A day of Gauteng protests by Soweto, West Rand & Gomorrah residents

Residents from areas such as Pennyville in Soweto, Kagiso on the West Rand and Gomorrah in Tshwane are venting their frustration and making their demands known.

Protesters gather in Pennyville, Soweto on 12 April 2019. Picture: Kgomotso Modise/EWN

JOHANNESBURG - It has been a day of protests across Gauteng as residents from areas such as Pennyville in Soweto, Kagiso on the West Rand and Gomorrah in Tshwane are venting their frustration and making their demands known.


Organisers of Friday’s protest in Pennyville in Soweto have handed over a memorandum to the office of Gauteng Premier David Makhura.

Residents have been protesting since the early hours of morning and barricaded roads, and the N17 highway.

They are demanding title deeds to their flats and maintenance of their rented units.

In their memorandum, Pennyville residents are demanding that they be made owners of the flats they currently occupy.

“The memorandum is straight forward and speaks to no evictions, and ownership on all complex that are around Gauteng,” said community leader Mondi Mbatha.

The group has also demanded that the City of Johannesburg facilitate an indaba to review the social housing scheme and to deal with the backlog.

At the same time, the New Canada road and the N17 highway have been reopened with police monitoring the situation.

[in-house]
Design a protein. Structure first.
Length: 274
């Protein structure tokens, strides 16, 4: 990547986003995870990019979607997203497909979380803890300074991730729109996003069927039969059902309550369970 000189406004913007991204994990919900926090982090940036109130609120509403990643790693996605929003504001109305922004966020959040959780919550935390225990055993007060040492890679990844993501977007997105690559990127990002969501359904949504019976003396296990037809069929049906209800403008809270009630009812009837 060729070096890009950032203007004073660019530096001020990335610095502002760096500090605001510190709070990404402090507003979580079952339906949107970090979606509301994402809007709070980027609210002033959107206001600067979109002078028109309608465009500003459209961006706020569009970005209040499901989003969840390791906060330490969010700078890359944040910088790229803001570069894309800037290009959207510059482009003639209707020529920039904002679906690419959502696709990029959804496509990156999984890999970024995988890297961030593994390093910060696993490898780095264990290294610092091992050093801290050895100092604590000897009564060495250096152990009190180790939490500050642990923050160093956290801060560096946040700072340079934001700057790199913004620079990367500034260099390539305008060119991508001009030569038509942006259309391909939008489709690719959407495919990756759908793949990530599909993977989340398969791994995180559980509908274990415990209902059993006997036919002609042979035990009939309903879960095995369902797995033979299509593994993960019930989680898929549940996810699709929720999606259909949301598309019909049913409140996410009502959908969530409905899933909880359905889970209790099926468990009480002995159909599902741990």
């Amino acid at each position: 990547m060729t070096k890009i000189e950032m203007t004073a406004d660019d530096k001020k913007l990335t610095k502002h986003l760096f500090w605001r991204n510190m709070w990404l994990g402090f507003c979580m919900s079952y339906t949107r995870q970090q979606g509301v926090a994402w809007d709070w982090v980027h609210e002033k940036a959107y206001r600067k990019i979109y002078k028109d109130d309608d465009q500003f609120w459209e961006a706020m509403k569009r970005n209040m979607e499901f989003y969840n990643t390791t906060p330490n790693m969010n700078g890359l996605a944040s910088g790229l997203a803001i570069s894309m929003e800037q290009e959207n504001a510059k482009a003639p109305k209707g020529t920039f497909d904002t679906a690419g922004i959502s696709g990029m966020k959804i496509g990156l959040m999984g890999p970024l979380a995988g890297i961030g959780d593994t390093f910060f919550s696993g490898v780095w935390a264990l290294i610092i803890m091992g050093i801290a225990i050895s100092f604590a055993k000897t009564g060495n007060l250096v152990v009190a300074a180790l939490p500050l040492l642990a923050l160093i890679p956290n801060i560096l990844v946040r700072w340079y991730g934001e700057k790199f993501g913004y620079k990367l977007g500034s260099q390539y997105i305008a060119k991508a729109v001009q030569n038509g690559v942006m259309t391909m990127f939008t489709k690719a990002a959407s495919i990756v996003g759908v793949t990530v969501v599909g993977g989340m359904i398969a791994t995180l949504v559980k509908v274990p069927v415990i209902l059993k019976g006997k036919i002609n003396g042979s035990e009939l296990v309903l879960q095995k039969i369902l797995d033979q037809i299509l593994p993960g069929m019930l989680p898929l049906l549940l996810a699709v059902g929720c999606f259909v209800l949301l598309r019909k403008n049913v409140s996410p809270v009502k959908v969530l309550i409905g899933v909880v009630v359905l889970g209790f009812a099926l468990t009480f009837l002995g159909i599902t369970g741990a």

Gauteng police said they will stay in Pennyville until they were confident that calm had been restored.

Eight people have been arrested for public violence in the area.

Police spokesperson Kay Makhubela said they would remain on high alert.

“The road has been opened and traffic is moving, but inside Pennyville community members are throwing stones towards police,” he said.


In the West Rand, protesting residents in Kagiso blocked Main Reef road calling for President Cyril Ramaphosa and ministers who were at the funeral of the husband of the African National Congress’ Nomvula Mokonyane to come and address their electricity problem.

They said Eskom switched off their lights on Monday without any reason or notice being given to them.

The residents said government officials who were at the funeral service of Serge Mokonyane should address them.

One of the residents Zwelethu Ncana said Main Reef road would remain closed until Eskom decided to switch their lights on.

“Ramaphosa is the one that can make sure that this happens, he’s around and there’s a problem,” Ncana said.

Residents said Eskom had no right to punish all of them because a few people were failing to pay.


At the same time, Tshwane Mayor Stevens Mokgalapa received a hostile reception on his arrival in Gomorrah informal settlement, west of Pretoria.

Mokgalapa accused the ANC of fueling the protests in the area and using some of the community’s legitimate grievances.

The mayor was in Gomorrah to address the community about what the city is doing to improve services in the informal settlement.

Friday marked the second day of violent protests in the area including Hammanskraal, Soshanguve and Ga-Rankuwa.

In Gomorrah, police had to use rubber bullets when protesters vandalised a church before setting parts of it alight including bibles.

They are demanding clean water, electricity, and other services from the municipality.

Mokgalapa said violence should not be tolerated.

“As much as we would understand the legitimate concerns of service delivery from the community, we will not tolerate any acts of criminality and violence,” he said.

(Edited by Thapelo Lekabe)